Earlier this month, seven recipients of the grants - totalling $US500,000 and expected to be an annual disbursement - were announced as the first to earn monies that will help in worker development. Two spoke with International Longwall News about their plans.
West Virginia Office of Miners' Health, Safety and Training
The WVOMHST was awarded $50,000 on October 1 and will collaborate with the West Virginia University Mining Extension Service to establish an Emergency Preparedness Manual for use by underground mines.
"From past input and experience, a special section of the manual would be devoted to the command/operations centre and the incident command system," said Mining Extension Service director and former WVOMHST head James Dean.
"The manual would be developed from data that we collect from mine operators and federal and state mining officials that have been involved in mine emergencies.
"This data, as well as researched information, would be the basis of the manual."
Dean added that the grant is expected to have far-reaching impacts on the work of both organisations: "While the dollar amount of the funding is not high, we feel that the impact will be significant on the mining community, coupled with the emergency preparedness training activities conducted by the Mining Extension Service."
Virginia Department of Mines, Minerals and Energy
DMME was awarded $85,000, which DMME representative Michael Abbott said the organisation has big plans for.
"We plan to develop, computerise and implement a Mine Emergency First Responder Certification Training Program," he said.
"The goal of this program is to train and certify a minimum of one person on each shift at each mine on first response procedures to follow for mine emergencies and to encourage and facilitate this training and certification for all underground personnel.
"One person trained as a Mine Emergency First Responder on each shift at each mine will enhance the overall capability of miners to make and execute critical decisions during the first response to a mine emergency situation that could very well be life saving."
The grant, Abbott added, will allow for the office to develop and computerise the program, and could have a great impact on the agency as well as the mining community beyond Colorado's borders. The DMME, he noted, has already received national recognition for the quality of its efforts, and it hopes this project will be an extension of that.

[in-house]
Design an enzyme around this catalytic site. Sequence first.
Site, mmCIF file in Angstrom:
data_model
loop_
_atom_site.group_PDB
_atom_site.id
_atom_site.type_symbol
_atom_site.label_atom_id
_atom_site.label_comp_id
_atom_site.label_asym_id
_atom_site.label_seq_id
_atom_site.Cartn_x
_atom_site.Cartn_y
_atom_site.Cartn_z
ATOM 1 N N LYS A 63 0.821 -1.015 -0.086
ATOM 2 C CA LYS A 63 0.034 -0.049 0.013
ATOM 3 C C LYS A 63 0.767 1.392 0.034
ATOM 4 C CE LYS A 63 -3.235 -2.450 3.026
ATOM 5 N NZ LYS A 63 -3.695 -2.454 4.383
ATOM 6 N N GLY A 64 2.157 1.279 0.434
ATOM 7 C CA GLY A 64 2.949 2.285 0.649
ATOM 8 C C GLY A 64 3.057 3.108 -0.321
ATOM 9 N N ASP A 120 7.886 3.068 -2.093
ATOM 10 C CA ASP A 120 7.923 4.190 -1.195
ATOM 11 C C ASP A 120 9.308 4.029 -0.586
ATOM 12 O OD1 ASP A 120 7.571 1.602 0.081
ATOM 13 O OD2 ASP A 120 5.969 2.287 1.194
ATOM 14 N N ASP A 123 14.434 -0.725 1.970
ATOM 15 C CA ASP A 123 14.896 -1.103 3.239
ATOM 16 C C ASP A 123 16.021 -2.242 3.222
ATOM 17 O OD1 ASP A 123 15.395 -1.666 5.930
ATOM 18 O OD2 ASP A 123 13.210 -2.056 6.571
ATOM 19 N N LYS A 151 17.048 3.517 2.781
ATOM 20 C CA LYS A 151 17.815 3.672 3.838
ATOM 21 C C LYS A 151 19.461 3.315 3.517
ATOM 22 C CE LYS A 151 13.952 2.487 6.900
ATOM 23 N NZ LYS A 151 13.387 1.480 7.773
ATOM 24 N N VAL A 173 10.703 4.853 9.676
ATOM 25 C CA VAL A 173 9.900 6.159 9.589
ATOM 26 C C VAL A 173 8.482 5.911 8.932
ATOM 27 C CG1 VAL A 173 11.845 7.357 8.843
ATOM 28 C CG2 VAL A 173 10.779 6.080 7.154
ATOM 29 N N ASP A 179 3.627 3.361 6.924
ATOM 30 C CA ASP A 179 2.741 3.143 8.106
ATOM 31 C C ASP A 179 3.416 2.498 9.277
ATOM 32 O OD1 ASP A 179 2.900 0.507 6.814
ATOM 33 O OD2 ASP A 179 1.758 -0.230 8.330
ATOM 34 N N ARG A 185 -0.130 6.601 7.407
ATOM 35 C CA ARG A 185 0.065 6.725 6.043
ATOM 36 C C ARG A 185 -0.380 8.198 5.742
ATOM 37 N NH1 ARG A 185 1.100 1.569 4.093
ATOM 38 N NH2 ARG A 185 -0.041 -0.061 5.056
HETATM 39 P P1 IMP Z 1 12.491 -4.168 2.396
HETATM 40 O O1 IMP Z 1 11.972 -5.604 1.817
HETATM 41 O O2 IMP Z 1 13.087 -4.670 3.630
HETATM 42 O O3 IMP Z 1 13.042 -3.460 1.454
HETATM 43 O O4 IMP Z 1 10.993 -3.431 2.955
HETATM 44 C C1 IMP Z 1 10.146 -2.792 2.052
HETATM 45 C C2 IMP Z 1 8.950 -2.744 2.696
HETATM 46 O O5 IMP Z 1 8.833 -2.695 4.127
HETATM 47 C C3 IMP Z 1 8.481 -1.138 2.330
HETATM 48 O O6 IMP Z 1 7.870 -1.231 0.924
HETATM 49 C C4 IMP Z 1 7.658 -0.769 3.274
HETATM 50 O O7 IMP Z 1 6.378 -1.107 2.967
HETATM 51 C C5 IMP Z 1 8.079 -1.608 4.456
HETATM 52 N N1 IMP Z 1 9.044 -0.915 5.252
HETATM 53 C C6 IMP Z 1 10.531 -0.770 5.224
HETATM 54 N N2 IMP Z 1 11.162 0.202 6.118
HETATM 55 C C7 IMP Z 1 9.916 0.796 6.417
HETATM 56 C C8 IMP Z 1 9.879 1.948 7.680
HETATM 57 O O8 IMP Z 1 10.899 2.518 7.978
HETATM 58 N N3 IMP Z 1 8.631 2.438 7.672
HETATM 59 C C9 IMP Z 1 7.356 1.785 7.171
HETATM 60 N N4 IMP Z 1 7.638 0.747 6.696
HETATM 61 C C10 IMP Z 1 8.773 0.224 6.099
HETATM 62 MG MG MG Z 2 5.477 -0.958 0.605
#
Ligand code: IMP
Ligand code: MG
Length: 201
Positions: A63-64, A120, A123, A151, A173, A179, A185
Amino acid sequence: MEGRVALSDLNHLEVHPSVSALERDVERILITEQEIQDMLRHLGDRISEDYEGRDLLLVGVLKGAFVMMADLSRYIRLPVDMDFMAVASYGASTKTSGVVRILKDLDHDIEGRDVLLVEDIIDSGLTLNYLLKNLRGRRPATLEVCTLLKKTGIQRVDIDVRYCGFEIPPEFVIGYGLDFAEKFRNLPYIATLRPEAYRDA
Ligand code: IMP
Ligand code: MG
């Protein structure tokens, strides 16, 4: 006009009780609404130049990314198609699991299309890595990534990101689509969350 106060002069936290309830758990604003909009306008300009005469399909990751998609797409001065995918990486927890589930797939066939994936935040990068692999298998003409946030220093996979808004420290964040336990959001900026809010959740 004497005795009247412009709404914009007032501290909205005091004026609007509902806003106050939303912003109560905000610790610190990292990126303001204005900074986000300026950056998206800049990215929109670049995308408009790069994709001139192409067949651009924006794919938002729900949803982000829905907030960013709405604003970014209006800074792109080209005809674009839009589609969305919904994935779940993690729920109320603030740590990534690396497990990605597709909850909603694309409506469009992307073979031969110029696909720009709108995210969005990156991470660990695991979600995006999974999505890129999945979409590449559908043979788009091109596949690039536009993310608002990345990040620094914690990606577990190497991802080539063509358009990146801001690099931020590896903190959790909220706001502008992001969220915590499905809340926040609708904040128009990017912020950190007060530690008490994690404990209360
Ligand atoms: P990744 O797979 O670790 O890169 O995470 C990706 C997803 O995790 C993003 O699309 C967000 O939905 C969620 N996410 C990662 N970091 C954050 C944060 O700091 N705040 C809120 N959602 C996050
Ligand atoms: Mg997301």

"This program could be utilised for mine emergency training on a national level even if not implemented as a certification program in other states," he said.
"When completed, this program will be made available to all national underground trainers."
The industry is in need of workers who have more extensive technical knowledge of mine emergency skills as well as the ability to take the leadership reins. Also, more effective training is needed to improve capabilities for decision-making in critical situations.
"Mine emergency leadership skills, first response mine emergency reaction skills and technical knowledge on mine emergency procedures are key ingredients in providing a safer working environment for miners that can result in fewer injuries and lives lost during a mine emergency," Abbott said.
Twelve organisations initially applied for the Brookwood-Sago grants. Besides the Virginia DMME and WVOMHST, the following were chosen to receive funding:
College of Eastern Utah - $54,000 for mine emergency training;
Colorado Department of Reclamation, Mining & Safety - $53,000 for training materials for mine emergencies;
Pennsylvania State University - $135,000 for mine emergency training;
United Mine Workers of America Career Center - $73,000 for mine emergency training; and
Vincennes University of Indiana - $50,000 for mine emergency training.